After a lifetime of avoiding drink and drugs…

Yesterday, the BBC reported: “Long queues have been seen as the world’s first state-licensed marijuana industry opened for business in the US state of Colorado… Washington state has also legalised cannabis and is expected to allow the drug’s sale later this year.”

People think I am a bit odd if I mention I have never knowingly taken recreational drugs.

I have nothing at all against people taking marijuana in any form though I think, maybe, I would not want my airline pilot, bus driver or the person overtaking me at 90mph on the motorway (with or without a car) to be totally zonked out of their head.

I think I may have had hash cakes a couple of times without realising it – and without any discernible effect. But I have worked with people who have clearly been taking too much hash for too many years.

I once worked for a TV company where the man in charge of the department found, on a Friday morning, that we were unexpectedly very understaffed due to illness. He spent three hours – three rambling hours – telling us how we were going to re-arrange things to get through the increased workload. I could have killed him but, alas, I was not drunk so had no real excuse.

The only drugs that ever attracted me were heroin and LSD. Neither were available to me when I would have taken them and, by the time they were easily available, I had met smack and acid casualties.

Well, that is not altogether true.

Me - in my late teens or early twenties

Me – in my late teens or early twenties

I never took LSD because I thought it might push me over some nearby psychological ledge and I would never be able to get back again.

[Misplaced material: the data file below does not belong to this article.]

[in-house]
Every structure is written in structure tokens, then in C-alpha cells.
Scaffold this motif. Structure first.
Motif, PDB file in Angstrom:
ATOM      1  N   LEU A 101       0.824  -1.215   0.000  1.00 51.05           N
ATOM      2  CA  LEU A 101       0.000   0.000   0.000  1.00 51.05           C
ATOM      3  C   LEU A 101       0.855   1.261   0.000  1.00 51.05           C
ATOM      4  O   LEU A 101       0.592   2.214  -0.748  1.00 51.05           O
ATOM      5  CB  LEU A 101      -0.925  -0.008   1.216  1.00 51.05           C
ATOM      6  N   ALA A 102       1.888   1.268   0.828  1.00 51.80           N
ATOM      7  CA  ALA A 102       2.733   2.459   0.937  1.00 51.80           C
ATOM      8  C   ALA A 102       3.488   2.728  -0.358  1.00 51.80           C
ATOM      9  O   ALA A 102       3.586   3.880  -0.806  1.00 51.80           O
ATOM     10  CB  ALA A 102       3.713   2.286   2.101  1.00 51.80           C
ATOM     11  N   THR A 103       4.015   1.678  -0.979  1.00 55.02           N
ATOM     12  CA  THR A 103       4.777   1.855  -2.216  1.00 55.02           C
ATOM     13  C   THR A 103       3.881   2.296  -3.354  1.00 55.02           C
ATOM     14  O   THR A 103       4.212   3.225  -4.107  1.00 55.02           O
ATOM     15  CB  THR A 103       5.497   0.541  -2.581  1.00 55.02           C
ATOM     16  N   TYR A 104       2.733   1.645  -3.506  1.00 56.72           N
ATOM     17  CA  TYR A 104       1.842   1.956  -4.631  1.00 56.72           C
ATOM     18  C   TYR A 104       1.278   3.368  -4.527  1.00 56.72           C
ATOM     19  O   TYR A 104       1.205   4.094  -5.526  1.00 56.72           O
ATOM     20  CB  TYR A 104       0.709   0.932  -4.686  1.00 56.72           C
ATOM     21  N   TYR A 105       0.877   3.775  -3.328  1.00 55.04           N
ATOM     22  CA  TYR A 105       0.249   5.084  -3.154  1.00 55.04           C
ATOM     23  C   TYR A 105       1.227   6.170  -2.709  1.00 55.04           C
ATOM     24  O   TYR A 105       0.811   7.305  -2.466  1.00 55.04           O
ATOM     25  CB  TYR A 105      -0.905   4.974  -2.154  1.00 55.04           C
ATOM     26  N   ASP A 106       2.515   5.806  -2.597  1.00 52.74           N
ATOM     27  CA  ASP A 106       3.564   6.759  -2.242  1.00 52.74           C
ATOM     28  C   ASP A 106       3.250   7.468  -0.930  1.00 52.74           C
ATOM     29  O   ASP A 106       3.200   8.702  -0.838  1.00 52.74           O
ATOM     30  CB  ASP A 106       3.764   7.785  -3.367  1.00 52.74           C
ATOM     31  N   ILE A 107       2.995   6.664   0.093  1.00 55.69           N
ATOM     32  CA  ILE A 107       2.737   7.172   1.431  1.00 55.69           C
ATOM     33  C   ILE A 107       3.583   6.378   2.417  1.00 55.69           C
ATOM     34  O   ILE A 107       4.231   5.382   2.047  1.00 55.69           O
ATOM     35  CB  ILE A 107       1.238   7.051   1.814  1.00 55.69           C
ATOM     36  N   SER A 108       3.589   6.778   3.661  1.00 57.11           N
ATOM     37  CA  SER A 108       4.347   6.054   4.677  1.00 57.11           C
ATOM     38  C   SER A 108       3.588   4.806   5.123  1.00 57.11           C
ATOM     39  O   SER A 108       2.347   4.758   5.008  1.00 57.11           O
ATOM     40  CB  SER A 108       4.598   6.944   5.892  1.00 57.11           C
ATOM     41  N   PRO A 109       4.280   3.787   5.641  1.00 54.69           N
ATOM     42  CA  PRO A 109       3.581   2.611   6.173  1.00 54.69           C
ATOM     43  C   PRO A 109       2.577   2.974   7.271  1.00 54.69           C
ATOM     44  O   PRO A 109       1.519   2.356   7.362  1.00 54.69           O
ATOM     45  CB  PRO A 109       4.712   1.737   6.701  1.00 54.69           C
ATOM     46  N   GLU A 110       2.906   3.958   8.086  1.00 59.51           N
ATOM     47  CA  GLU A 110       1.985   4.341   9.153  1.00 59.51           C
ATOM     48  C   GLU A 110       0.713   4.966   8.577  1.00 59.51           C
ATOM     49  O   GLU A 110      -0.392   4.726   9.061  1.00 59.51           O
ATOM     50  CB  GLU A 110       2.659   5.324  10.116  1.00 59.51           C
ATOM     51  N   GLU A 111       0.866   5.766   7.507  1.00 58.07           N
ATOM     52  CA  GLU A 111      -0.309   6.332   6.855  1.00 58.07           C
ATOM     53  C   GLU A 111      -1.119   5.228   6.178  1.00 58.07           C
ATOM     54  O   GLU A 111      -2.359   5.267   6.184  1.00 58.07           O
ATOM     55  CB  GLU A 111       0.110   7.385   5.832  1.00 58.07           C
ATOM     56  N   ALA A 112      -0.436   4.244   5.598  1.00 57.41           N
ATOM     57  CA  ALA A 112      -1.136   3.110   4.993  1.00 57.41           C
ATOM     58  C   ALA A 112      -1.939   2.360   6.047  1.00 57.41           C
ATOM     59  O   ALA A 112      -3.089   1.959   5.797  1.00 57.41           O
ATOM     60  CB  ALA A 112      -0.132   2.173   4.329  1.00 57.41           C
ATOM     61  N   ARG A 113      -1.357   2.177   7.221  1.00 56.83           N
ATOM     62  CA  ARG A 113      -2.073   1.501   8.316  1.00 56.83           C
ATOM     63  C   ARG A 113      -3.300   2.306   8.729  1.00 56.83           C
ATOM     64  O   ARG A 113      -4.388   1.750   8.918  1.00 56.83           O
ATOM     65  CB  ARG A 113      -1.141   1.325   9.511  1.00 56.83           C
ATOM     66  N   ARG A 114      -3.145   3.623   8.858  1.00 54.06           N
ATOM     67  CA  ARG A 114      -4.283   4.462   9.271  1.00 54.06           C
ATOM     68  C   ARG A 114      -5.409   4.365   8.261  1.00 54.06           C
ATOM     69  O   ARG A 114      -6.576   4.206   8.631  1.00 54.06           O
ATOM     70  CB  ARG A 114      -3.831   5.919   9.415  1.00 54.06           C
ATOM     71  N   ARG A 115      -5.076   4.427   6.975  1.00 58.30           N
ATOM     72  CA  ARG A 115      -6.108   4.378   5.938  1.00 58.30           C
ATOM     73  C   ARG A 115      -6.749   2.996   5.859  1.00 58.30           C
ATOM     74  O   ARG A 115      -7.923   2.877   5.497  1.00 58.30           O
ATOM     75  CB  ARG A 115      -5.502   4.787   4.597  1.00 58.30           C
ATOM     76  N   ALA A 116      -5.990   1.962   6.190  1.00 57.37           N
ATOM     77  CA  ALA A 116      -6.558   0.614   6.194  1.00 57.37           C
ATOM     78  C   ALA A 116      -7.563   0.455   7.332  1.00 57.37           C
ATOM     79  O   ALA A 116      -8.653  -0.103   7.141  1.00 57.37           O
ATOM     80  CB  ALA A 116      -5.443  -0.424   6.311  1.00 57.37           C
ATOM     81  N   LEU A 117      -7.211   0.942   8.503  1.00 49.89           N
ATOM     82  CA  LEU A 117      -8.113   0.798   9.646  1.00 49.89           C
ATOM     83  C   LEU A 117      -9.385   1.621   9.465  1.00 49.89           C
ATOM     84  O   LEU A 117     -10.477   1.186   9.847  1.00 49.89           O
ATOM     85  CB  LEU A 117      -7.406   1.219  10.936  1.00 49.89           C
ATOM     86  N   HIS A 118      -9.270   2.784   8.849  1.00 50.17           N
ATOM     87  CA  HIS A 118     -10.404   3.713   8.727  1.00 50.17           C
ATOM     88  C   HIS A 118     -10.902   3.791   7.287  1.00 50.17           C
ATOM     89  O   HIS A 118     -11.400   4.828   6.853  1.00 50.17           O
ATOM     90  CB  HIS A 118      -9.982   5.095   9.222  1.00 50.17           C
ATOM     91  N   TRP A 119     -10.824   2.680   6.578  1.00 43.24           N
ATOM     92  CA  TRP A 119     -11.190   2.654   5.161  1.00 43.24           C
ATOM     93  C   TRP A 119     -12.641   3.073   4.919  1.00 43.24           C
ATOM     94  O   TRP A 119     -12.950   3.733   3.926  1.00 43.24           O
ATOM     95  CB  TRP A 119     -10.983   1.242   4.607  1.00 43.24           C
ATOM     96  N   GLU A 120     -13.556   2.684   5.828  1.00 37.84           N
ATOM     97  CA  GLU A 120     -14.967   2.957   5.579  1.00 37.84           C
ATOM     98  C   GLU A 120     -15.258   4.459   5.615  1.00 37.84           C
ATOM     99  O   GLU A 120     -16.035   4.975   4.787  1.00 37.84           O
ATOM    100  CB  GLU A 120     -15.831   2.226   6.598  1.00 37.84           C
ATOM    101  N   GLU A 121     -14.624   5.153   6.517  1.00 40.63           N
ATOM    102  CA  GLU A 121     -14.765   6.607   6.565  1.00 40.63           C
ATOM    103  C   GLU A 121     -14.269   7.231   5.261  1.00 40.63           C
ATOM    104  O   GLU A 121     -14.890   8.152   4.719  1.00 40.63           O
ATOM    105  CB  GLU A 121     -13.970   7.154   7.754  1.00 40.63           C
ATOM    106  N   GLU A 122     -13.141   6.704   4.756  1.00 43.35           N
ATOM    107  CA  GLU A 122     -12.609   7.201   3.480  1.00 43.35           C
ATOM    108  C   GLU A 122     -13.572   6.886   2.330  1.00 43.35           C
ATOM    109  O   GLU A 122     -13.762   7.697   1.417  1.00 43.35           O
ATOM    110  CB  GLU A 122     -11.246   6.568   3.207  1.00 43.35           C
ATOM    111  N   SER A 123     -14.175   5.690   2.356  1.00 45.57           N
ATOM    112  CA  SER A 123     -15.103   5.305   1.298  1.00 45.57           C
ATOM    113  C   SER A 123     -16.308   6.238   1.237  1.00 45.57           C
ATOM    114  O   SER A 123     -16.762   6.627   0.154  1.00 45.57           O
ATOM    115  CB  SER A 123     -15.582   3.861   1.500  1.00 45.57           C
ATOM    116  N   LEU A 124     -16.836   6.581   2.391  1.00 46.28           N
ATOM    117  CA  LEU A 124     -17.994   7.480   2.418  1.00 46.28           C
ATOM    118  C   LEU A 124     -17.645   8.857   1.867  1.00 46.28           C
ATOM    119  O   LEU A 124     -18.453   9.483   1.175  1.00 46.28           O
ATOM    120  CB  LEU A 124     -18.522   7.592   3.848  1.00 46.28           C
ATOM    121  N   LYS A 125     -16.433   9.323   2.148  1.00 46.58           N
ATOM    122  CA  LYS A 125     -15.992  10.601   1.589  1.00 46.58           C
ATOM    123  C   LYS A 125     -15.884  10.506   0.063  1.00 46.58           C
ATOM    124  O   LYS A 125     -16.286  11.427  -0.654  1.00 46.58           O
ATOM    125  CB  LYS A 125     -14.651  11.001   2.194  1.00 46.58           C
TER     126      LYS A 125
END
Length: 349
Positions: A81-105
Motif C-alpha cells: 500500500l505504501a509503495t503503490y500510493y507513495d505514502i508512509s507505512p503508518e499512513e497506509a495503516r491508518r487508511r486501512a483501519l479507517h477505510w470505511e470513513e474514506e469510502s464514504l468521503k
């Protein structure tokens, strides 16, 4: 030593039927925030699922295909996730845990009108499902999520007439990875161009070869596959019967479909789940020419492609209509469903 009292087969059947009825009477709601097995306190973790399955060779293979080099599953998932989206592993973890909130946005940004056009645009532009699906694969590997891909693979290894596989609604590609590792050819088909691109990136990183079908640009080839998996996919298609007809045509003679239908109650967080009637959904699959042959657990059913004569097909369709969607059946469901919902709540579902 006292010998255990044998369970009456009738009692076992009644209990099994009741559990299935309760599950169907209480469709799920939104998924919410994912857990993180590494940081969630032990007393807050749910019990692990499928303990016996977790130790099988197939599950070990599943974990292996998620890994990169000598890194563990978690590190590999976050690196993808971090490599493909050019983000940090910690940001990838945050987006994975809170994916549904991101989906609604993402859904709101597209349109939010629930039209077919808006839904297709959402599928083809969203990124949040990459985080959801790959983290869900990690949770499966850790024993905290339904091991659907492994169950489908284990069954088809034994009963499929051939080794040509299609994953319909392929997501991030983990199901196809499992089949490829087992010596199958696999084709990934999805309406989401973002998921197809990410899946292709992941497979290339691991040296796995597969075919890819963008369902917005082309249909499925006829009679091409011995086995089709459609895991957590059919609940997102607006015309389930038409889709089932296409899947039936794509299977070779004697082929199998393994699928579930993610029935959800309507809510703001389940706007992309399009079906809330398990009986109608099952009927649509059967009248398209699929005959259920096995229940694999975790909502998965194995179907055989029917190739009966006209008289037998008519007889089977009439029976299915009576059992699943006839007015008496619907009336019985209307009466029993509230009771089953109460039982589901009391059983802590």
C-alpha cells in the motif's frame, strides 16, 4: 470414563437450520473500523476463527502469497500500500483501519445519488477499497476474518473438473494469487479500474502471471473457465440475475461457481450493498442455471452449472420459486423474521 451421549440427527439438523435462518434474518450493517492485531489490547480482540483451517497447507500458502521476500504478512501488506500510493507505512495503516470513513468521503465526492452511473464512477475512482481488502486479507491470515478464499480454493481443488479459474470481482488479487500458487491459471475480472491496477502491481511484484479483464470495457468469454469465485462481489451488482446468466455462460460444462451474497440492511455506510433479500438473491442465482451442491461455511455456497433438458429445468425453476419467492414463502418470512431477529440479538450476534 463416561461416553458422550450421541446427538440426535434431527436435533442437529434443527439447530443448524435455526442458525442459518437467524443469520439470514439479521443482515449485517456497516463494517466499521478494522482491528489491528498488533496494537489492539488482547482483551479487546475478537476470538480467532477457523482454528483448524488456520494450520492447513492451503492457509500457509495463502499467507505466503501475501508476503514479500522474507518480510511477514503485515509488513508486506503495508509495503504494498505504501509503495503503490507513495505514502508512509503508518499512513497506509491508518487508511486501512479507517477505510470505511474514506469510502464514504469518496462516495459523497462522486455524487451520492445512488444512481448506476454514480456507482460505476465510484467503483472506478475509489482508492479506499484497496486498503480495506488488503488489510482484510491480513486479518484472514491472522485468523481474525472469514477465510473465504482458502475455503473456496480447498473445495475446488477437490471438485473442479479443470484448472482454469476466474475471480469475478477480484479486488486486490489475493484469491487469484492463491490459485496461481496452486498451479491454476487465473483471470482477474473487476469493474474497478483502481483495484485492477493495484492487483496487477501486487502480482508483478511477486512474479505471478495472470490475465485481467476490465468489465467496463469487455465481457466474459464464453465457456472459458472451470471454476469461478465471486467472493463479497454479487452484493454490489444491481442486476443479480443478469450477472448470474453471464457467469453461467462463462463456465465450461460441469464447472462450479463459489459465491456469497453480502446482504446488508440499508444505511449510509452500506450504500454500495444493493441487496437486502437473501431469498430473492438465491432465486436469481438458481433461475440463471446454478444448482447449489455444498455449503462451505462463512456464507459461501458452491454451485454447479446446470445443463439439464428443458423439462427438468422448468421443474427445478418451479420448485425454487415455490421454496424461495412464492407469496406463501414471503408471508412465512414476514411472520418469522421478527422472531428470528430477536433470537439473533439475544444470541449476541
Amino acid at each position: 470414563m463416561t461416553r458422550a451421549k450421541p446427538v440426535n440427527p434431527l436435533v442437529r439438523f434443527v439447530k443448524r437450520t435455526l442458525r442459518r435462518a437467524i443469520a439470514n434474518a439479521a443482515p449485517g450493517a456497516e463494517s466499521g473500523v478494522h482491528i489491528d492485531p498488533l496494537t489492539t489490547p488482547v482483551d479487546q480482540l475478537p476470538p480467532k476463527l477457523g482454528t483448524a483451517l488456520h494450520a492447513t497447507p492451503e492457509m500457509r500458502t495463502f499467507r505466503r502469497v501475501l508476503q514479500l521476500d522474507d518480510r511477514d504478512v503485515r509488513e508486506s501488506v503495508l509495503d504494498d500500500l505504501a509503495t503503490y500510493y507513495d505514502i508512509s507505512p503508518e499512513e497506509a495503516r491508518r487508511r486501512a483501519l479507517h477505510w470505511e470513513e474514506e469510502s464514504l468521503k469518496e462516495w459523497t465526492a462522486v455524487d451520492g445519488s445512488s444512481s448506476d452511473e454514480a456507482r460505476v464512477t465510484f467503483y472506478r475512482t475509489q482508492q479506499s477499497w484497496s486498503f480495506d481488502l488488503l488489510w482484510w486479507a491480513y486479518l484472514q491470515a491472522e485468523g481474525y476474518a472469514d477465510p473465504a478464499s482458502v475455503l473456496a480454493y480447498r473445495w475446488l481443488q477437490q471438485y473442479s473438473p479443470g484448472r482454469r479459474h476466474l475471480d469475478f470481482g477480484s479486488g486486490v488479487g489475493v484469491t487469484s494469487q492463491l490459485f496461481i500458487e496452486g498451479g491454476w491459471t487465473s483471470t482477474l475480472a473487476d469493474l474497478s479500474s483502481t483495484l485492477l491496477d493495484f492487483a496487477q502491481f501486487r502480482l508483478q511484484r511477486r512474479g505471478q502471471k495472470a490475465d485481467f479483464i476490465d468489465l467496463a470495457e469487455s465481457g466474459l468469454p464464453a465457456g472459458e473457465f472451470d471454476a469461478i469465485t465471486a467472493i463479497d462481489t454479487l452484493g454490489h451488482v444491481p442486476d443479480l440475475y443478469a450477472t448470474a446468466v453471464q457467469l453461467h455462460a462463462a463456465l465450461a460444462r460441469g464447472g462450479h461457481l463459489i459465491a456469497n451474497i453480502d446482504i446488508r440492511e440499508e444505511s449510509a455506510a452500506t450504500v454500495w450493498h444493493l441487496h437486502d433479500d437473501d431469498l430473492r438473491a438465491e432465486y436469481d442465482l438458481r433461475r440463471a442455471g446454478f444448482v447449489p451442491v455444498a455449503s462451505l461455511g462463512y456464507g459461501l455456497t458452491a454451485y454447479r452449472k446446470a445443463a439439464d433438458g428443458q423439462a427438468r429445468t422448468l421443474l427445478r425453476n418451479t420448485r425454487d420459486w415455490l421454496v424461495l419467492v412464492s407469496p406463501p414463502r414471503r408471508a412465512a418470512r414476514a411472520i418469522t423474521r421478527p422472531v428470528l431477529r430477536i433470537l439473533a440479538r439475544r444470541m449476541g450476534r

By the time heroin was available, I had already tried suicide and that had not worked.

I was never interested in marijuana because I never smoked nicotine (so the actual smoking technique was a mystery to me).

I do not smoke nicotine because, when I was about six years old, I asked my father: ”Daddy, can I have a puff of your cigarette?”

And he said: “Yes.”

I was appallingly nauseous.

I never wanted to smoke again and did not.

The attraction to other people of marijuana seemed to be that it had the same relaxing, uninteresting-to-me effect as drink – though without the bad side-effects of excessive drink like wild, mindless aggression, vomiting and splitting headaches.

It never seemed to me that getting drunk and then proudly saying the next day: “I can’t remember anything I did last night,” was a good life choice. If I want to get so drunk I can’t control my own body and start falling down in the street and/or losing consciousness because my brain has closed itself down to avoid further damage, I might as well get into a boxing ring with a psychopath and get him to repeatedly punch me in the head until I become unconsciousness.